Wed, Feb 08, 2012 - Page 2 News List

Group highlights housing issues

OPPORTUNITIES:The Tsuei Ma Ma Foundation says the nation’s dwindling birthrate and sinking economy could empower college students looking to rent housing units

By Hsieh Wen-hua  /  Staff Reporter

Amid a tough market for landlords as the economy flags, one group is highlighting the opportunities and challenges for university students in their hunt for affordable yet decent accomodation.

With a worsening economy threatening to increase unemployment as well as the possibility of a new round of unpaid leave for workers, rental income for landlords could in turn be affected, the Tsuei Ma Ma Foundation for Housing and Community Services said.

The nation’s dwindling birthrate is already a main factor in the increased vacancy rates and now with dropping incomes, landlords are fearful that a rise in rent could further undermine the market, the foundation said, adding that this empowers tenants when they negotiate their rent.

Universities will draw lots from next month to June to allocate dormitory rooms for students. About 30 percent of university students, and 90 percent of sophomores-to-be, rent off-campus, the foundation’s rental services director Feng Li-fang (馮麗芳) said on Sunday, and those students should be aware of what they are getting into as they look for a place to live.

Statistics from the Ministry of Education show that more than 250,000 students from 137 universities resided off campus in 1998, a number that peaked at 320,000 students from 163 universities in 2008. That number has since decreased annually and fell to fewer than 300,000 last year.

Based on the observations of several landlords in recent years, properties near universities could five years ago be easily rented to students within two weeks, while the period has now lengthened to one or even two months, Feng said.

If landlords miss the peak time when students move, their properties could be vacant for an entire semester, Feng said.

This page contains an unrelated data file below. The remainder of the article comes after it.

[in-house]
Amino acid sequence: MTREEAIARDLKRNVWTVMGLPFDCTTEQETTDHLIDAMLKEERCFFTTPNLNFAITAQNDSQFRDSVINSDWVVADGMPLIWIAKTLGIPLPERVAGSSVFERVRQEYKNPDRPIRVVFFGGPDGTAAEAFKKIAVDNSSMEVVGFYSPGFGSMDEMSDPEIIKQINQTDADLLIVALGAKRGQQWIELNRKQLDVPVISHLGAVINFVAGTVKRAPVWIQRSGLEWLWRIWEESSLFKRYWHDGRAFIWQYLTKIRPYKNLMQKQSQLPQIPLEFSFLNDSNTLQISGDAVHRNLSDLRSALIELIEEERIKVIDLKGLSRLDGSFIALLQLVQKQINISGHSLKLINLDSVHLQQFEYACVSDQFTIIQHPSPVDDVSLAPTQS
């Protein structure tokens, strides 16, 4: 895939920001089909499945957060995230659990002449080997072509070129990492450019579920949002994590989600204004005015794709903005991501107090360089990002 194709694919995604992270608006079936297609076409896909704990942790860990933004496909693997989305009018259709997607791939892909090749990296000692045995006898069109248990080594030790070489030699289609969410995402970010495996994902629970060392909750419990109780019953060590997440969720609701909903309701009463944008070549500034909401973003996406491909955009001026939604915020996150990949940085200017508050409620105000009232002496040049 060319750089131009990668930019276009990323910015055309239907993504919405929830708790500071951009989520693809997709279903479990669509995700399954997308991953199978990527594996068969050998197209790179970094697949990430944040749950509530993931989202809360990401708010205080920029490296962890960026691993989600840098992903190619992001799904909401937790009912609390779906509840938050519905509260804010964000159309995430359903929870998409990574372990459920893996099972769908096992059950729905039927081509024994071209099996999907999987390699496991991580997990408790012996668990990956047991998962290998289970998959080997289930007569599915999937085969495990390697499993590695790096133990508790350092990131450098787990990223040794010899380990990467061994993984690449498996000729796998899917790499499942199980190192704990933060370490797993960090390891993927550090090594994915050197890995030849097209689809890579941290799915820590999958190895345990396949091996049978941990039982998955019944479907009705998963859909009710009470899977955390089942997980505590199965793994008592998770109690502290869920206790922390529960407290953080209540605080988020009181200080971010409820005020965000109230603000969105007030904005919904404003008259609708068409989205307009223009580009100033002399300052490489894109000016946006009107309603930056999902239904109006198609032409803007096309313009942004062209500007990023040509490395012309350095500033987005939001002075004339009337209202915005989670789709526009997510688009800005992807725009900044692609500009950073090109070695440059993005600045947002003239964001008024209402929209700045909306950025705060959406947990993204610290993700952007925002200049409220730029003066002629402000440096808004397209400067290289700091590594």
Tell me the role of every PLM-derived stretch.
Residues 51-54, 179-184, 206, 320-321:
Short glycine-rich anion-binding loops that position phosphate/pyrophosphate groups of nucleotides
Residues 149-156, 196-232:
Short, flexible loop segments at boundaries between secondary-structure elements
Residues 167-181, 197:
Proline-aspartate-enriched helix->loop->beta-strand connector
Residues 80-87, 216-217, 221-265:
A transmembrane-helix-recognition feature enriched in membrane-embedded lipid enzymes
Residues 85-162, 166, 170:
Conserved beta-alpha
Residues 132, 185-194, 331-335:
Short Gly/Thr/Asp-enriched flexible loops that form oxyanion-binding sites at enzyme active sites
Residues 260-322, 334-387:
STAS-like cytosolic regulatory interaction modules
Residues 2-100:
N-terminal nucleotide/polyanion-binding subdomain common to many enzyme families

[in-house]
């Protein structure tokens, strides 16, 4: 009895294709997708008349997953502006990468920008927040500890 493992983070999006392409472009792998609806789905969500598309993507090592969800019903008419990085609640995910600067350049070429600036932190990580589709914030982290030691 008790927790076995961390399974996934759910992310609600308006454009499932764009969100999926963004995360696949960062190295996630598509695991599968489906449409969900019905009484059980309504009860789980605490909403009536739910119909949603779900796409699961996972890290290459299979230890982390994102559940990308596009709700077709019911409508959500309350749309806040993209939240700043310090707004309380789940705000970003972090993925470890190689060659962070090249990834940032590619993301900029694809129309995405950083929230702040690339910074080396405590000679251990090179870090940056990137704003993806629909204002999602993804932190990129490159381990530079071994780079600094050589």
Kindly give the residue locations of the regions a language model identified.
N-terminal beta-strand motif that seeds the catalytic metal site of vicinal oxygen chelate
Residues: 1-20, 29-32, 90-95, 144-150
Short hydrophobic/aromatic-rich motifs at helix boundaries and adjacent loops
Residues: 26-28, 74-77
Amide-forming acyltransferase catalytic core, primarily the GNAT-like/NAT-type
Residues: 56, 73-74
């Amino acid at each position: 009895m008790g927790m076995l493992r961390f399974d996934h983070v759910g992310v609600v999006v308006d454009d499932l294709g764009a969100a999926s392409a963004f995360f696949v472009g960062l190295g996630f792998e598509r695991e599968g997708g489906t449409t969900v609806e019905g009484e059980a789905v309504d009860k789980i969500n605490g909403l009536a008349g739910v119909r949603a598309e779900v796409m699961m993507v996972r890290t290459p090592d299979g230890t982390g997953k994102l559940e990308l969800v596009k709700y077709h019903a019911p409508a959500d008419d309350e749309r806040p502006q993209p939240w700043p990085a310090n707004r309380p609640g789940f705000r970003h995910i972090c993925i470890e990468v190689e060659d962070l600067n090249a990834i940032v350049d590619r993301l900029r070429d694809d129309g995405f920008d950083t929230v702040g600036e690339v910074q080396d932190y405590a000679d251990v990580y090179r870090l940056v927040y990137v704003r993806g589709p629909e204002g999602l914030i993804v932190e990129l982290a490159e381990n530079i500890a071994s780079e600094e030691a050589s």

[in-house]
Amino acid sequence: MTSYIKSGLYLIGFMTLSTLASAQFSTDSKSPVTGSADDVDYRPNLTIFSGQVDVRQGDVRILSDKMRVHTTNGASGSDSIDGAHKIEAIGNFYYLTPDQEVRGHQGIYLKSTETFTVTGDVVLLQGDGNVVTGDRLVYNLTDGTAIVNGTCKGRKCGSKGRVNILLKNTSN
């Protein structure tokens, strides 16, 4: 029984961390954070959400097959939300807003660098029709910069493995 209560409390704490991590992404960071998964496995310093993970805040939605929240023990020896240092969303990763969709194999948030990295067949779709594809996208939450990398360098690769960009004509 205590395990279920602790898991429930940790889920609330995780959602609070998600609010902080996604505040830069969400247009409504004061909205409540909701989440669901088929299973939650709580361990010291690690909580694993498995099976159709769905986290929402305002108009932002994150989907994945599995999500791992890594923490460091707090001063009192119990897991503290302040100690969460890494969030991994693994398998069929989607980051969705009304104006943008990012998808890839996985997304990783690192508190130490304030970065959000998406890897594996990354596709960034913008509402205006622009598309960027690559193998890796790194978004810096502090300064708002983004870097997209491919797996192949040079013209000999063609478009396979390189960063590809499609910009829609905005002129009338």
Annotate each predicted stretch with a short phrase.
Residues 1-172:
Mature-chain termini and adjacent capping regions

No significant rise in rent is expected this year, Soochow University Student Housing Division director Tseng Kuo-chiang (曾國強) said, adding that rent for a room near the school ranged from NT$4,500 to NT$5,500 per month and about NT$7,500 for a suite.

A survey conducted by the foundation shows that the monthly rent in most areas around Taipei started from NT$4,500 for a room and NT$10,000 for a suite.

As for universities in central Taiwan, such as Feng Chia University, Tunghai University and Providence University, the minimum monthly rent for rooms and suites located near the universities was NT$3,000 and NT$7,000 respectively. In the south, the monthly rent for a suite is NT$5,000, while rent is even lower in eastern parts of the country.

Dorms with reasonable rent built by Shih Hsin University in Taipei, in collaboration with property rental administration companies, have reportedly received good reviews from university students. Those provide about 200 beds and secured access control, with monthly rent ranging from NT$3,000 to NT$5,000, and without any price increases for three years.

A build-operate-transfer project at National Taiwan University, which is operated by Prince Housing and Development Corp, also provides affordable rooms for university students, with rent about 10 percent lower than in the Gongguan area (公館) around the university.

To improve security for students who reside off-campus, the ministry has demanded that universities conduct residence evaluations on landlords that lease seven to nine beds, from a standard of 10 beds last year, including evaluation over access control, security for the use of gas and electricity, and fire exits, Tseng said.

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